Robert Franco is a third-year PhD student in the History Department whose work is concerned with the politics of gender, sexuality, and the family in modern Latin America. His dissertation project, entitled “Revolution in the Sheets: The Sexual Politics & Intimate Practices of the Mexican Left, 1901-1981,” examines the antagonism of the Mexican Left, particularly the Mexican Communist Party (PCM), towards sexual politics and sexual diversity. This summer he will be conducting research in Mexico City at the Centro de Documentación y Archivo Histórico Lésbico de México y America Latina “Nancy Cárdenas” and the Archivo General de la Nación (AGN). With the collections in these archives, he will reconstruct how activists from the burgeoning gay and lesbian movement in Mexico during the late 1970s and early 1980s began articulating demands for equality through a language of sexual rights and human rights. He will also examine the campaign to establish a “National Day Against Homophobia” under a conservative-led government in Mexico during the 1990s to better understand how rights around collective minority identities came to be separated from the broad umbrella of “sexual diversity” that also encompassed sexual health and reproductive justice.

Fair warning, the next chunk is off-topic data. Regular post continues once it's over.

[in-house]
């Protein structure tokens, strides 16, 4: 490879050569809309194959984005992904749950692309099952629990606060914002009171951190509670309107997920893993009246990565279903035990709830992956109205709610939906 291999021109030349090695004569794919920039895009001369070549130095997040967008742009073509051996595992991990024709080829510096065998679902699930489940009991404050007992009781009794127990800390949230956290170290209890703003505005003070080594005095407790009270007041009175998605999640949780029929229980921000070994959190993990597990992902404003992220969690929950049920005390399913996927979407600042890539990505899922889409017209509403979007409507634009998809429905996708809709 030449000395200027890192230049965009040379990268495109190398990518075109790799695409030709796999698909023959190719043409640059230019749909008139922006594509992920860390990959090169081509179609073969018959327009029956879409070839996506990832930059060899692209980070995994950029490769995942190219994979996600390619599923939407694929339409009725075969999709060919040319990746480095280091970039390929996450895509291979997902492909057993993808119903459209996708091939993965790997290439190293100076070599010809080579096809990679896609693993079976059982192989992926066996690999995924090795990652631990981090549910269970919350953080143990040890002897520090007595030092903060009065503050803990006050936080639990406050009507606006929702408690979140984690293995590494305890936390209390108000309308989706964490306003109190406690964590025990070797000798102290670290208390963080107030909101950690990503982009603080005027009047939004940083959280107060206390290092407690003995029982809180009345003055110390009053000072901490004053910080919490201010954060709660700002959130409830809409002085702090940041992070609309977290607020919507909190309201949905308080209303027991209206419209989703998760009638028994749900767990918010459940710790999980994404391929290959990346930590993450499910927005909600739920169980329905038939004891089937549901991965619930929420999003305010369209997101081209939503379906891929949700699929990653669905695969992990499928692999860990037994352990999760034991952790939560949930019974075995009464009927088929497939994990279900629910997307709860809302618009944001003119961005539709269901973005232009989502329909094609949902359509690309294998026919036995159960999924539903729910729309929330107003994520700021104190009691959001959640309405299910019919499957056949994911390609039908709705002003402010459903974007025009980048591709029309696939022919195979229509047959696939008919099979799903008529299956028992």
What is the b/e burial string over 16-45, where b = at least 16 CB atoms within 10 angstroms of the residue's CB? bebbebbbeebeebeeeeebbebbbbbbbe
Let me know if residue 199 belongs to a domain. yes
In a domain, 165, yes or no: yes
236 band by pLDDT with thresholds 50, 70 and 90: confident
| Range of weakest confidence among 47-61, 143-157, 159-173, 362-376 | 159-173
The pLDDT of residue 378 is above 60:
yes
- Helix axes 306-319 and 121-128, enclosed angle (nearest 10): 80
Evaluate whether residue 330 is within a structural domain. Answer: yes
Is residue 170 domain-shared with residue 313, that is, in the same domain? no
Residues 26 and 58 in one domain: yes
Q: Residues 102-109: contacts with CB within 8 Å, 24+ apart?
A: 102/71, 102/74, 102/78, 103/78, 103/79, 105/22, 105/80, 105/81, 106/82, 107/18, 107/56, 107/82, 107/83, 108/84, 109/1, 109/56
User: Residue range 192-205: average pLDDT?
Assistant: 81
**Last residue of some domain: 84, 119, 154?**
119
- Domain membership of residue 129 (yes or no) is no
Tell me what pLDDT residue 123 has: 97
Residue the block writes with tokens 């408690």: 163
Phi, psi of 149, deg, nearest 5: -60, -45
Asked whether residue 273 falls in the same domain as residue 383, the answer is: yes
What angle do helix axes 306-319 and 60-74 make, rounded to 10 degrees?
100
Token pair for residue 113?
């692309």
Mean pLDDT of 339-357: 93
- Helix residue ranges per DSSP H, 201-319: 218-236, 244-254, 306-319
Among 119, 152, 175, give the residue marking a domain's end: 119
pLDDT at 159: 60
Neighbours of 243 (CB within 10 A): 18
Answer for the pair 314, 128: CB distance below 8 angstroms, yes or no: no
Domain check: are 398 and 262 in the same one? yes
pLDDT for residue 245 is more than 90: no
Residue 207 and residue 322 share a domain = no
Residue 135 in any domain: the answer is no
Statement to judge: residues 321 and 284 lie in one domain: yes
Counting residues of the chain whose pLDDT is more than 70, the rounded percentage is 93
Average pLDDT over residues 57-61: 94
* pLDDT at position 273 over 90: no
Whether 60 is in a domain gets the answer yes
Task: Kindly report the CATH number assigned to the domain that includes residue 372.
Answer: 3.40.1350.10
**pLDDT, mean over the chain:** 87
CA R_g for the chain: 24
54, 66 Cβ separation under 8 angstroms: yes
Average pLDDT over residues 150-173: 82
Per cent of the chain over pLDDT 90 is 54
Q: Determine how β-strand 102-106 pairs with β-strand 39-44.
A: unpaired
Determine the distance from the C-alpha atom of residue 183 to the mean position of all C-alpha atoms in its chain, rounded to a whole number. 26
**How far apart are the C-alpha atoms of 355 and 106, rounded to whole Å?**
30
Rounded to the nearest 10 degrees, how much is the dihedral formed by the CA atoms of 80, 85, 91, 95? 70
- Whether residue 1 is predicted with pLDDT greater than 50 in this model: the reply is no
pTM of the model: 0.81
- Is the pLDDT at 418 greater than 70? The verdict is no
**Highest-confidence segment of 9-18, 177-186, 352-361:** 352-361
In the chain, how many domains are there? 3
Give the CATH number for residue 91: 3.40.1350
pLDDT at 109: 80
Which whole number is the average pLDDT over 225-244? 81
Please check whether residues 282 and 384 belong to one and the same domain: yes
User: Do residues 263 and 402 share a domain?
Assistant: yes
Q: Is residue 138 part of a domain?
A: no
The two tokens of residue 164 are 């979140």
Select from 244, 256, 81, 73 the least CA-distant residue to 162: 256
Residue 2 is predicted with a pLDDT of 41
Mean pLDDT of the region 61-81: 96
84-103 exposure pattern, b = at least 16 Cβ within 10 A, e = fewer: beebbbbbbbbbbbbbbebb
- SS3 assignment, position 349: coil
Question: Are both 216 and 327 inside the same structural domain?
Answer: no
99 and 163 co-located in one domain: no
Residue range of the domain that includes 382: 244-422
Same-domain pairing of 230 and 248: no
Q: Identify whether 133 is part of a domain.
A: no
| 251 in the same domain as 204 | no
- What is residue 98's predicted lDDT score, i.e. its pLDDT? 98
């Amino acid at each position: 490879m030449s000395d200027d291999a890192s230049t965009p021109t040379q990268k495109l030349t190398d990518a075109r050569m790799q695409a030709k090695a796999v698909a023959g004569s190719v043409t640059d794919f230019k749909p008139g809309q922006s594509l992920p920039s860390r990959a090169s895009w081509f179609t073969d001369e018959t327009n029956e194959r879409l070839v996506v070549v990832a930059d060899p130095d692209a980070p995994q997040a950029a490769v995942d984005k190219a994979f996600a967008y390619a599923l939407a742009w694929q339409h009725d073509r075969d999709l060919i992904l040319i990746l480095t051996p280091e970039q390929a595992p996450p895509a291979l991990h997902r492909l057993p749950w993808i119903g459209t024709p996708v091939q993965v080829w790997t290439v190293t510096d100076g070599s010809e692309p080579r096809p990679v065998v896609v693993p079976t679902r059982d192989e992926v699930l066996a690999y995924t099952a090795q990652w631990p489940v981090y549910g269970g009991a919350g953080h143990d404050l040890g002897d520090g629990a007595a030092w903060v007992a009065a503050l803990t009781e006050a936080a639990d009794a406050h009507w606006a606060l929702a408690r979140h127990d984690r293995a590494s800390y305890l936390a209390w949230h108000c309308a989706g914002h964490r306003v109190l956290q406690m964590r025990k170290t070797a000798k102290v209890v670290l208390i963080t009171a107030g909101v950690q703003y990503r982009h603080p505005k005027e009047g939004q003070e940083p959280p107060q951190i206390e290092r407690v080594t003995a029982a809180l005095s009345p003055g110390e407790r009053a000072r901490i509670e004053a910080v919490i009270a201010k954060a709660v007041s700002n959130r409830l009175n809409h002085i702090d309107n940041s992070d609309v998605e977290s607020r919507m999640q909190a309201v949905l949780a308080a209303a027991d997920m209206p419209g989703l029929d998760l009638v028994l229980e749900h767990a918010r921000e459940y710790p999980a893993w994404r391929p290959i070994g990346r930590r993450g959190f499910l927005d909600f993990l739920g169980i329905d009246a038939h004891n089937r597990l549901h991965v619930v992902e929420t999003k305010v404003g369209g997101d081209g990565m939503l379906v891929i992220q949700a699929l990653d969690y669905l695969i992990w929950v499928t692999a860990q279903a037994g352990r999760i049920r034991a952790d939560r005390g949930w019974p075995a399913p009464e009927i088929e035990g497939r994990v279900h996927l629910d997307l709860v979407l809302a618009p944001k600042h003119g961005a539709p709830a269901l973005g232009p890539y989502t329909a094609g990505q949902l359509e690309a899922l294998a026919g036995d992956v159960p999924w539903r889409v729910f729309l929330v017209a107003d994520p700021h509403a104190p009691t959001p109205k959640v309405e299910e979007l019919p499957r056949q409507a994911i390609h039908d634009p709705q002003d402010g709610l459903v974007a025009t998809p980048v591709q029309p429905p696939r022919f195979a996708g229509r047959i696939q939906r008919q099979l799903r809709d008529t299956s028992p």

Confronting Homophobia, Challenging Solidarity: Communists at Mexico City Pride, 1981 and 2017 

Sacrificing Sexual Education for Free Textbooks: Sexual Politics in the Communist Party of Mexico during the 1930s